Theoretical Analysis of Control Mechanisms for Boundary-Layer Separation on Rotorcraft Blades
Final rept. 1 Jun 2003-30 Nov 2006
LEHIGH UNIV BETHLEHEM PA
Pagination or Media Count:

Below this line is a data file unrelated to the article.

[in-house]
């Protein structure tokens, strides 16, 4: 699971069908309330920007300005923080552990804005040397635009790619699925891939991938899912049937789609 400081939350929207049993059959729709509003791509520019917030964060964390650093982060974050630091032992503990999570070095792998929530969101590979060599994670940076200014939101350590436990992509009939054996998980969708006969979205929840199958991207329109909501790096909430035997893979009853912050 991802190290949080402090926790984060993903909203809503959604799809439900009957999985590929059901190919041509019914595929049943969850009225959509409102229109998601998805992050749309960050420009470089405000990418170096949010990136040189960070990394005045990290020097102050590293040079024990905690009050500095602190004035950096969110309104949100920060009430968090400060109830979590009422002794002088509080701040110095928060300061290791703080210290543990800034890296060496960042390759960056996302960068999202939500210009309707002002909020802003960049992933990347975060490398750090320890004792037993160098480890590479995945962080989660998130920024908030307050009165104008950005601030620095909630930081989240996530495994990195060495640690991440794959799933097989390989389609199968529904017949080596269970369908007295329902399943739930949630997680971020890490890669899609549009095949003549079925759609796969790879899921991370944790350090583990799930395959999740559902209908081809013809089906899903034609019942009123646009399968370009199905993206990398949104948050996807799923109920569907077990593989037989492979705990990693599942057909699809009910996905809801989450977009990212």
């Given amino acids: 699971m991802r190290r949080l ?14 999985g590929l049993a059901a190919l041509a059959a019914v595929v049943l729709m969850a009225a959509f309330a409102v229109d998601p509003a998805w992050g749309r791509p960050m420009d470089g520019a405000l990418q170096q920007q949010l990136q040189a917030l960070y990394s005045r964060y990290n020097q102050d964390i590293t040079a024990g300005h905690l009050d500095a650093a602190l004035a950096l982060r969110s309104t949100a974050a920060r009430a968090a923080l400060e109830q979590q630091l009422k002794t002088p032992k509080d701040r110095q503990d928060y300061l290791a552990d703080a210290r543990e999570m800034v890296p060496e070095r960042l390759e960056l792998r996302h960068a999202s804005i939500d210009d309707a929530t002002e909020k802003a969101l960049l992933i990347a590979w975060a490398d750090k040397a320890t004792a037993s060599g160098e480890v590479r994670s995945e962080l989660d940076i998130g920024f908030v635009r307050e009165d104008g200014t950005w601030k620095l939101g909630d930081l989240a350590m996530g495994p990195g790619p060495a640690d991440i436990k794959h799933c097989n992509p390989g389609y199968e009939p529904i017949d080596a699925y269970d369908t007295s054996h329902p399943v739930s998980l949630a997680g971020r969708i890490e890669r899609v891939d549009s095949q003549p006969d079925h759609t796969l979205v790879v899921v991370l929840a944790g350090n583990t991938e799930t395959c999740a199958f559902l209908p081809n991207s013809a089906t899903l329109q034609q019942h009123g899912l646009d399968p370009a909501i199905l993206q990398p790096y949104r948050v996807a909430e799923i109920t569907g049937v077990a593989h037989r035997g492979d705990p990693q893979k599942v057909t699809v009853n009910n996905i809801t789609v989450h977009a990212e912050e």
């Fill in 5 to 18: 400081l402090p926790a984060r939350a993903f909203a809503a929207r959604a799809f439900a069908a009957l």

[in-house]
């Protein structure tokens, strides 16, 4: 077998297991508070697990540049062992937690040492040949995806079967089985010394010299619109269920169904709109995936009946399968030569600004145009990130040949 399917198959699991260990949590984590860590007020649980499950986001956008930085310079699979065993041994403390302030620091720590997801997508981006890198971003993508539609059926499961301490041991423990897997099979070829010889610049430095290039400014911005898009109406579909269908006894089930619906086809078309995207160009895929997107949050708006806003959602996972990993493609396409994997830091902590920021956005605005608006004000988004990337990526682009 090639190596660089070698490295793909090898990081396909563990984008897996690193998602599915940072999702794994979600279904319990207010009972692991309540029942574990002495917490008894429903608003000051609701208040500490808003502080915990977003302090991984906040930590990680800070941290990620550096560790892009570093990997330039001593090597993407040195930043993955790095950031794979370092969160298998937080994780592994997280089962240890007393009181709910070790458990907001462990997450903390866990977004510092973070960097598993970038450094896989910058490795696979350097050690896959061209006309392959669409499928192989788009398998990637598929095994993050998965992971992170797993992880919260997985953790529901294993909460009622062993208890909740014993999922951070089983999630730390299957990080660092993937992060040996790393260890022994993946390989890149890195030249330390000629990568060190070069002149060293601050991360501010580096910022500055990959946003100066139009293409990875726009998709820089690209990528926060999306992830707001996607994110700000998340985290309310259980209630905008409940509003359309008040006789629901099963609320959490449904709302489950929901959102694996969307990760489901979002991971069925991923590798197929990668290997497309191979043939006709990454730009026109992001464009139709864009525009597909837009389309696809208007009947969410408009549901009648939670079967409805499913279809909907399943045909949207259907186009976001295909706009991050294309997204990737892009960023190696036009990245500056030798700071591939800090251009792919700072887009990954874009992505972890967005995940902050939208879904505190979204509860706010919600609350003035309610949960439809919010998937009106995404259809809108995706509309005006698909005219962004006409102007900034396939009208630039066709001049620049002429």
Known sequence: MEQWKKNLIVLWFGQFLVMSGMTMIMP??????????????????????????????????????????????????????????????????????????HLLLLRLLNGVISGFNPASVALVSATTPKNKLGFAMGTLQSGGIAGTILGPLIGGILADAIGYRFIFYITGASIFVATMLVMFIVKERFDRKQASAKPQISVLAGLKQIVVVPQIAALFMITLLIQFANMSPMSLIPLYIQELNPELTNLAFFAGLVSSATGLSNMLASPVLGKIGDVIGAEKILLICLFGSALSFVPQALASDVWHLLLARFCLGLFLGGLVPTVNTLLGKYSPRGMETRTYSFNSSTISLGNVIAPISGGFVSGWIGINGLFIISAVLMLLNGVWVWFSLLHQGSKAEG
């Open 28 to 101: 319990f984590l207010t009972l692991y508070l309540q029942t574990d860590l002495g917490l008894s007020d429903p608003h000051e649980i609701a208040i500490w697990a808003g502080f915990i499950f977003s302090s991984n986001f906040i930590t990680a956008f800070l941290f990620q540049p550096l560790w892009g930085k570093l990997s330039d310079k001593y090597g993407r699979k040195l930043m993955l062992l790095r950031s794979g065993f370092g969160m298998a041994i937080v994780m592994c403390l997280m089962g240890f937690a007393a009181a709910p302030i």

High maneuverability is one of the major goals in rotorcraft design. In practice, this goal is limited by unsteady dynamic stall near blade leading edges. Studies of three-dimensional boundary layer separation on a rotating blade are made. For hovering flight, the blade twist and downwash are included in the effective angle of attack. For forward flight, high angles of attack are used to simulate the most severe situation at the retreating blade. Because of the disparate scales of the leading edge radius and the blade span, separation is found to be quasi two-dimensional, and local singular behaviors at separation are very similar to the two-dimensional cases. Most of the results are obtained using an Eulerian approach, but a Lagrangian formulation is used to study the behavior near the separation singularity. Control mechanisms based on suction and blade oscillations are examined. It is found that oscillations, with a tuned frequency and amplitude, can delay separation. Leading edge suctioninjection is also effective in delaying separation for particular optimized slot locations.